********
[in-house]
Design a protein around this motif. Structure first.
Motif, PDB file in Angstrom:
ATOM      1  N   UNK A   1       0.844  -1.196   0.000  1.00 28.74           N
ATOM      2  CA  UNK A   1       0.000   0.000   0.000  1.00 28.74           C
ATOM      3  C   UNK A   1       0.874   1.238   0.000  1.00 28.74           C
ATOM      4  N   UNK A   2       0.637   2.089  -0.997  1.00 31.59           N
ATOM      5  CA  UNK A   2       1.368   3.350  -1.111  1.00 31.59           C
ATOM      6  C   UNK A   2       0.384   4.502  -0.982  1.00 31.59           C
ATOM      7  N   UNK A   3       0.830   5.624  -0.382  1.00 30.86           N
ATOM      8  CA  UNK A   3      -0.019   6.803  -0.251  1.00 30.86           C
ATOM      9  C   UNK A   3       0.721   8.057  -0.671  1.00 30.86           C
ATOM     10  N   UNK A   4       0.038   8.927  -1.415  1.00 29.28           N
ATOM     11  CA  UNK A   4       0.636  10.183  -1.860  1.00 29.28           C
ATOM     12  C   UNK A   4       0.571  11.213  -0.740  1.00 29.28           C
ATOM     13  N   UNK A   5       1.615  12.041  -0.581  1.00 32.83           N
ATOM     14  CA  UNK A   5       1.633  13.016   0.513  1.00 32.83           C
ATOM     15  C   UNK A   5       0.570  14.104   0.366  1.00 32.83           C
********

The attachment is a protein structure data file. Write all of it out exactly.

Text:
[in-house]
Design a protein around this motif. Structure first.
Motif, PDB file in Angstrom:
ATOM      1  N   UNK A   1       0.844  -1.196   0.000  1.00 28.74           N
ATOM      2  CA  UNK A   1       0.000   0.000   0.000  1.00 28.74           C
ATOM      3  C   UNK A   1       0.874   1.238   0.000  1.00 28.74           C
ATOM      4  N   UNK A   2       0.637   2.089  -0.997  1.00 31.59           N
ATOM      5  CA  UNK A   2       1.368   3.350  -1.111  1.00 31.59           C
ATOM      6  C   UNK A   2       0.384   4.502  -0.982  1.00 31.59           C
ATOM      7  N   UNK A   3       0.830   5.624  -0.382  1.00 30.86           N
ATOM      8  CA  UNK A   3      -0.019   6.803  -0.251  1.00 30.86           C
ATOM      9  C   UNK A   3       0.721   8.057  -0.671  1.00 30.86           C
ATOM     10  N   UNK A   4       0.038   8.927  -1.415  1.00 29.28           N
ATOM     11  CA  UNK A   4       0.636  10.183  -1.860  1.00 29.28           C
ATOM     12  C   UNK A   4       0.571  11.213  -0.740  1.00 29.28           C
ATOM     13  N   UNK A   5       1.615  12.041  -0.581  1.00 32.83           N
ATOM     14  CA  UNK A   5       1.633  13.016   0.513  1.00 32.83           C
ATOM     15  C   UNK A   5       0.570  14.104   0.366  1.00 32.83           C